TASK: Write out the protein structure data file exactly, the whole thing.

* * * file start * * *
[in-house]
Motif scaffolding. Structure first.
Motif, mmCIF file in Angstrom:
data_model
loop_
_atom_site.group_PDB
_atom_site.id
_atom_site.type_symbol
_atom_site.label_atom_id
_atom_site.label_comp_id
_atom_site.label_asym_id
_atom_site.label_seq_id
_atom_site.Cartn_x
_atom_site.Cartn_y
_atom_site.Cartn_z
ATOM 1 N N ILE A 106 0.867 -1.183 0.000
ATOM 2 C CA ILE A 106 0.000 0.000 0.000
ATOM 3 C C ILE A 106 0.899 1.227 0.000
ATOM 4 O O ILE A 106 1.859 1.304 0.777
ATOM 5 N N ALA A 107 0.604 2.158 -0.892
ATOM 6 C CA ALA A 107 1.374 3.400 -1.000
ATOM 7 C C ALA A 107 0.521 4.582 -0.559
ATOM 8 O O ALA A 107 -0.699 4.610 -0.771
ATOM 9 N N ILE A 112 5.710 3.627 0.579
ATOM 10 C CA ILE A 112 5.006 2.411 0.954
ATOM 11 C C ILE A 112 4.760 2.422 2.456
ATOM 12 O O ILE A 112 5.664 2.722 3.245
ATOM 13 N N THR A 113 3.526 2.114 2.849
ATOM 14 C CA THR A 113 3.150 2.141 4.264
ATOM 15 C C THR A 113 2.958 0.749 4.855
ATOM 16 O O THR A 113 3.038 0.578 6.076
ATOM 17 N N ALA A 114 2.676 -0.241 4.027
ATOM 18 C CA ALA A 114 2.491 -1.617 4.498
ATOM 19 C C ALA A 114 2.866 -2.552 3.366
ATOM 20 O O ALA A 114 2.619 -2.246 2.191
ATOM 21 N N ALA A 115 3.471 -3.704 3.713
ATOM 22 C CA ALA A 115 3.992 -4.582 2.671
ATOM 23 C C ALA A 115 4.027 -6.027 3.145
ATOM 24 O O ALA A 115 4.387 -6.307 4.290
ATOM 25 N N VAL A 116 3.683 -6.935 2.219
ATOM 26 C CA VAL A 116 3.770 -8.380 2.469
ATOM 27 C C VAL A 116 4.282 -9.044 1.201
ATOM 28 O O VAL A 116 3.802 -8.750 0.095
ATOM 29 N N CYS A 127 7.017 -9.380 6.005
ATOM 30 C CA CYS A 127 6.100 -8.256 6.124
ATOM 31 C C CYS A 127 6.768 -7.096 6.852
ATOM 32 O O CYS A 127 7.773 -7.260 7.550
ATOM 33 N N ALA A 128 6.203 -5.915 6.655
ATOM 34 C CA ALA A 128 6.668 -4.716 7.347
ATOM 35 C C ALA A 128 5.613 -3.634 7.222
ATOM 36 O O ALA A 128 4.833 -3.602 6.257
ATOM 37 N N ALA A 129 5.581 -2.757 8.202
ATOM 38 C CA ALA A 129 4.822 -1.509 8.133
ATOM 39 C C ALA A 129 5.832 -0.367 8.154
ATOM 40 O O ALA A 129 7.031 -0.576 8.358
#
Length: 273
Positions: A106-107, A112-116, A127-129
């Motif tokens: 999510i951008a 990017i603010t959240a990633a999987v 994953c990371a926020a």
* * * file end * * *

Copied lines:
[in-house]
Motif scaffolding. Structure first.
Motif, mmCIF file in Angstrom:
data_model
loop_
_atom_site.group_PDB
_atom_site.id
_atom_site.type_symbol
_atom_site.label_atom_id
_atom_site.label_comp_id
_atom_site.label_asym_id
_atom_site.label_seq_id
_atom_site.Cartn_x
_atom_site.Cartn_y
_atom_site.Cartn_z
ATOM 1 N N ILE A 106 0.867 -1.183 0.000
ATOM 2 C CA ILE A 106 0.000 0.000 0.000
ATOM 3 C C ILE A 106 0.899 1.227 0.000
ATOM 4 O O ILE A 106 1.859 1.304 0.777
ATOM 5 N N ALA A 107 0.604 2.158 -0.892
ATOM 6 C CA ALA A 107 1.374 3.400 -1.000
ATOM 7 C C ALA A 107 0.521 4.582 -0.559
ATOM 8 O O ALA A 107 -0.699 4.610 -0.771
ATOM 9 N N ILE A 112 5.710 3.627 0.579
ATOM 10 C CA ILE A 112 5.006 2.411 0.954
ATOM 11 C C ILE A 112 4.760 2.422 2.456
ATOM 12 O O ILE A 112 5.664 2.722 3.245
ATOM 13 N N THR A 113 3.526 2.114 2.849
ATOM 14 C CA THR A 113 3.150 2.141 4.264
ATOM 15 C C THR A 113 2.958 0.749 4.855
ATOM 16 O O THR A 113 3.038 0.578 6.076
ATOM 17 N N ALA A 114 2.676 -0.241 4.027
ATOM 18 C CA ALA A 114 2.491 -1.617 4.498
ATOM 19 C C ALA A 114 2.866 -2.552 3.366
ATOM 20 O O ALA A 114 2.619 -2.246 2.191
ATOM 21 N N ALA A 115 3.471 -3.704 3.713
ATOM 22 C CA ALA A 115 3.992 -4.582 2.671
ATOM 23 C C ALA A 115 4.027 -6.027 3.145
ATOM 24 O O ALA A 115 4.387 -6.307 4.290
ATOM 25 N N VAL A 116 3.683 -6.935 2.219
ATOM 26 C CA VAL A 116 3.770 -8.380 2.469
ATOM 27 C C VAL A 116 4.282 -9.044 1.201
ATOM 28 O O VAL A 116 3.802 -8.750 0.095
ATOM 29 N N CYS A 127 7.017 -9.380 6.005
ATOM 30 C CA CYS A 127 6.100 -8.256 6.124
ATOM 31 C C CYS A 127 6.768 -7.096 6.852
ATOM 32 O O CYS A 127 7.773 -7.260 7.550
ATOM 33 N N ALA A 128 6.203 -5.915 6.655
ATOM 34 C CA ALA A 128 6.668 -4.716 7.347
ATOM 35 C C ALA A 128 5.613 -3.634 7.222
ATOM 36 O O ALA A 128 4.833 -3.602 6.257
ATOM 37 N N ALA A 129 5.581 -2.757 8.202
ATOM 38 C CA ALA A 129 4.822 -1.509 8.133
ATOM 39 C C ALA A 129 5.832 -0.367 8.154
ATOM 40 O O ALA A 129 7.031 -0.576 8.358
#
Length: 273
Positions: A106-107, A112-116, A127-129
């Motif tokens: 999510i951008a 990017i603010t959240a990633a999987v 994953c990371a926020a």